Two U.S. senators introduced legislation on Wednesday that calls for naming a national cybersecurity adviser who reports directly to the president and who would have the authority to disconnect federal or critical infrastructure networks from the Internet if they were deemed to be at risk of attack.
This proposed legislation comes amid a review ordered by the Obama administration into the government's policies for defending itself against cyberattacks and follows the resignation of Rod Beckström as director of Homeland Security's National Cybersecurity Center in response to what he said was a power grab by the NSA for cybersecurity leadership.
The legislation, proposed by Sen. John D. Rockefeller IV (D-W.Va.) and Sen. Olympia Snowe (R-Maine) would establish an Office of the National Cybersecurity Advisor that would take the lead on Internet security matters and coordinate with the intelligence community and the private sector.
The legislation also calls for the creation of a Cybersecurity Advisory Panel composed of outside experts from industry, academia, and nonprofit groups that would advise the president, as well as creation of a public-private clearinghouse for cyber threat and vulnerability information sharing, establishment of measurable and auditable cybersecurity standards from the National Institute of Standards and Technology. It would also require that cybersecurity professionals be licensed and certified.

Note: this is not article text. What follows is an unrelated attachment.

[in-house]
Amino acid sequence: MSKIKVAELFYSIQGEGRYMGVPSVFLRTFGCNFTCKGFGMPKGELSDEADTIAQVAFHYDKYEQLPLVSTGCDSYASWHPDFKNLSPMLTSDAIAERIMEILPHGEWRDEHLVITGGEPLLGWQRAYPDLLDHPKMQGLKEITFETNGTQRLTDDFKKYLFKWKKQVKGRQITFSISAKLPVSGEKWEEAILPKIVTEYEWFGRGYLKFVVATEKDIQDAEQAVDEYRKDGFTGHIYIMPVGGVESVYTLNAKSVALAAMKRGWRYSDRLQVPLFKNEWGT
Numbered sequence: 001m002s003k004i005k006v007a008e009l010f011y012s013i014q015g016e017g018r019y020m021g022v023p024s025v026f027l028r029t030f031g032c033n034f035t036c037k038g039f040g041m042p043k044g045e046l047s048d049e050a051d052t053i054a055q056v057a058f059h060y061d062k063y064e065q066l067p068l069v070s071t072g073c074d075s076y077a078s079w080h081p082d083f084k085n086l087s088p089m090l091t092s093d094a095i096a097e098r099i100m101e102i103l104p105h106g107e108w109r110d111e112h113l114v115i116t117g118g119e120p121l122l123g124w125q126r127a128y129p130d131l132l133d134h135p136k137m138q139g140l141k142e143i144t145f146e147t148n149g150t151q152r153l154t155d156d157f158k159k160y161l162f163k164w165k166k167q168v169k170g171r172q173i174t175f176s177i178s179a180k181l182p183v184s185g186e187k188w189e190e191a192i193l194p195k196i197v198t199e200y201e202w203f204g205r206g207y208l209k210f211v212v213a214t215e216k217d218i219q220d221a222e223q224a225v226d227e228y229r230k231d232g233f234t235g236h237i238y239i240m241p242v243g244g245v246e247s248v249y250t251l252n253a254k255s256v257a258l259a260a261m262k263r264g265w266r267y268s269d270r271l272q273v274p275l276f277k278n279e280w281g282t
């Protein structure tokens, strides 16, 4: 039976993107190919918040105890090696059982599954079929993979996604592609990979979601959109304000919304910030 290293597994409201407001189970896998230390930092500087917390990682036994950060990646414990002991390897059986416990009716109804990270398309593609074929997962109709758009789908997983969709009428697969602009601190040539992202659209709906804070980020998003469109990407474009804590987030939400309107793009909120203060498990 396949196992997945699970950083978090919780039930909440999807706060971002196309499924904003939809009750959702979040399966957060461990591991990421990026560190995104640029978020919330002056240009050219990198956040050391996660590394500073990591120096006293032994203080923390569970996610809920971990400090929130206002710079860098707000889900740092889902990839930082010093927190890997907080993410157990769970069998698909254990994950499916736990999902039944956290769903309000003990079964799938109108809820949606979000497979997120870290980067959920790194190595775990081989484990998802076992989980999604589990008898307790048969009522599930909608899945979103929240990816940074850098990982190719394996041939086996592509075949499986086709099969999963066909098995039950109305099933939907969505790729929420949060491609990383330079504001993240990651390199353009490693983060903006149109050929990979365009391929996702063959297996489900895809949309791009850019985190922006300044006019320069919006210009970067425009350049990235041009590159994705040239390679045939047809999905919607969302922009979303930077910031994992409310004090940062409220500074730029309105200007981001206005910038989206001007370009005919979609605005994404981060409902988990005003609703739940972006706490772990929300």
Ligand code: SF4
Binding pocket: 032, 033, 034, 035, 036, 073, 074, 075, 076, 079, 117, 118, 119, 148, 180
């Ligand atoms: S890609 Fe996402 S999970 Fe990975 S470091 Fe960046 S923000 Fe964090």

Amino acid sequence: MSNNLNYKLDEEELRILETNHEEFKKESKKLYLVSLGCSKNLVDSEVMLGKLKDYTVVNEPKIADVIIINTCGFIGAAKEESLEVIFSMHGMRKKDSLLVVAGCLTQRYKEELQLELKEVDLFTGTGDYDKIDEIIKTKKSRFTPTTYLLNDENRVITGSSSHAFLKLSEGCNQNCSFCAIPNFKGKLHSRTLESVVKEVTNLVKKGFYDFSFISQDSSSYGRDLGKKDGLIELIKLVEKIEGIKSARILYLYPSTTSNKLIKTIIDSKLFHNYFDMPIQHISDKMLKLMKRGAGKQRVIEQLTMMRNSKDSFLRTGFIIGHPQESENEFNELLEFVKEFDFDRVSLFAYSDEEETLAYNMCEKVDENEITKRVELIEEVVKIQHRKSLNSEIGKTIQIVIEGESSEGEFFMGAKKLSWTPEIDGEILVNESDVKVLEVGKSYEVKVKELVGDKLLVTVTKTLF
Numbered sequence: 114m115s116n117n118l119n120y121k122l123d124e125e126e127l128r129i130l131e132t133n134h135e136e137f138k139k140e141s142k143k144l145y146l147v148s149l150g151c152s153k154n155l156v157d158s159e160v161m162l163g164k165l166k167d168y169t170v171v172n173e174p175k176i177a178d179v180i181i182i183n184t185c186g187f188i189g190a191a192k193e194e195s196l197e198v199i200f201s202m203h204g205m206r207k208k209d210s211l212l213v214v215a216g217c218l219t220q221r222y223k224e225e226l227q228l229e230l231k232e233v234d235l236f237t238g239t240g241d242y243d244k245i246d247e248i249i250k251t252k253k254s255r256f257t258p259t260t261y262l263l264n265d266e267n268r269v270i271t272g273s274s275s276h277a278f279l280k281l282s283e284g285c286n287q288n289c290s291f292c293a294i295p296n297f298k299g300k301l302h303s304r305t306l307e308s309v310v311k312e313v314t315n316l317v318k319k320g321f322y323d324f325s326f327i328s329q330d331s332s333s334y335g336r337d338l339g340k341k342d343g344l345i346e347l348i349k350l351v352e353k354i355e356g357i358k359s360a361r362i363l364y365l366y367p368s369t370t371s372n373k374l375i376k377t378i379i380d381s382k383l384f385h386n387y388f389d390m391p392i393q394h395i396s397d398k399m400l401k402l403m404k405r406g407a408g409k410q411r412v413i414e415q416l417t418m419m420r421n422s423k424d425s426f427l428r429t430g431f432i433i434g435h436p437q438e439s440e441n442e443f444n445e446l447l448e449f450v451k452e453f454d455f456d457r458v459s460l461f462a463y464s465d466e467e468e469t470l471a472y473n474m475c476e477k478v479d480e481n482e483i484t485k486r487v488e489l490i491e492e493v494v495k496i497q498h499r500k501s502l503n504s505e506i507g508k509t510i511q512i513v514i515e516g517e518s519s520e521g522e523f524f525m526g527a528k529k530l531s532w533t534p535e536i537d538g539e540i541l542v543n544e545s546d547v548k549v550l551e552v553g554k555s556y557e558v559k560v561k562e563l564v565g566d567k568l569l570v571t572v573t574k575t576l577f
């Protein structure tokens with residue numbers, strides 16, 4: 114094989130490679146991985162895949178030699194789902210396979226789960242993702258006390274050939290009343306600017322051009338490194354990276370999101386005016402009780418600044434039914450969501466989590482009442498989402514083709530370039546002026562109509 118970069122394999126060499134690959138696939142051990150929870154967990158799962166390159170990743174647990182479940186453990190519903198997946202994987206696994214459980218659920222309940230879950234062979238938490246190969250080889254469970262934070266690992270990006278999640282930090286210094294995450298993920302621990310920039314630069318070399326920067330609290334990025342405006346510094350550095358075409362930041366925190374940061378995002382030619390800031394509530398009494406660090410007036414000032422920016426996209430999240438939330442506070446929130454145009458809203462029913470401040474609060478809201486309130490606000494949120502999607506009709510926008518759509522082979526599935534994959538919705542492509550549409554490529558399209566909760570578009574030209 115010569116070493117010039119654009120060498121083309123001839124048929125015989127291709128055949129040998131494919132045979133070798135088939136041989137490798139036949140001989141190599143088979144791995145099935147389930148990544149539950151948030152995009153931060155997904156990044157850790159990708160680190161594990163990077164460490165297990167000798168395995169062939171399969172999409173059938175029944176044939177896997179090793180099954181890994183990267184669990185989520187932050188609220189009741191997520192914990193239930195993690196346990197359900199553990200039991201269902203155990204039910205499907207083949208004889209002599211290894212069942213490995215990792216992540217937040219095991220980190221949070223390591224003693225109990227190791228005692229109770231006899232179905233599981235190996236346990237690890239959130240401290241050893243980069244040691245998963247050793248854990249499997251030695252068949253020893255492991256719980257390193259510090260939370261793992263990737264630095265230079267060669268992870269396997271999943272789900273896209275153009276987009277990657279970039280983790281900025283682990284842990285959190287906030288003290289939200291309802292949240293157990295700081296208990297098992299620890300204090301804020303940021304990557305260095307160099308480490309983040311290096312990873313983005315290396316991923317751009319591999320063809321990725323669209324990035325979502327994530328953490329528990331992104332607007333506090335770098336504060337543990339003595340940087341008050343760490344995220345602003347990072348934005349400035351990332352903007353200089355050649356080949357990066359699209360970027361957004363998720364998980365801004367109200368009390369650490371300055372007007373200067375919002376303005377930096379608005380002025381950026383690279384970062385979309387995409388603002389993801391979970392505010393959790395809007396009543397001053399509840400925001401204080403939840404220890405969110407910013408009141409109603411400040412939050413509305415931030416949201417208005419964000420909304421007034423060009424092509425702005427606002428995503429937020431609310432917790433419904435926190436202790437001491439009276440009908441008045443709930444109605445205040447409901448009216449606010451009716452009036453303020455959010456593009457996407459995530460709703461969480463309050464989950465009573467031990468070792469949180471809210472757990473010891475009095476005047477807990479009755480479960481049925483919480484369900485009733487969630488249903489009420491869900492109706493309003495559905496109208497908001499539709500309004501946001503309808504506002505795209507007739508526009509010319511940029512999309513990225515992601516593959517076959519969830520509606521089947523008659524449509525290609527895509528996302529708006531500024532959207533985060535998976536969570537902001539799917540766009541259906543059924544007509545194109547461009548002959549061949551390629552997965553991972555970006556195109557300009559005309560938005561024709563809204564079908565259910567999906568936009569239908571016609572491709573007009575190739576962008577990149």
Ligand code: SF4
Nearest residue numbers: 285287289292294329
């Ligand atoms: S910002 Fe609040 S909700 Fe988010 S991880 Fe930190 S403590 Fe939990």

In addition, the legislation would require that the cybersecurity adviser conduct a review of the U.S. cybersecurity program every four years and require officials to complete a number of reviews and reports. Officials would be asked to: do a threat and vulnerability assessment of public systems and private sector operated infrastructure; conduct a legal review of the federal statutory and regulatory framework for cybersecurity; complete a report on identity management and civil liberties, and one on risk management that attempts to put a dollar value on cybersecurity threats and includes civil liability and government insurance.
Other provisions of the legislation call for the creation of state and regional cybersecurity centers to help small and midsize businesses adopt security measures, an increase in funding for cybersecurity research and development at the National Science Foundation, and the establishment of a Secure Products and Services Acquisitions Board that would certify that products the government purchases meet security standards it sets.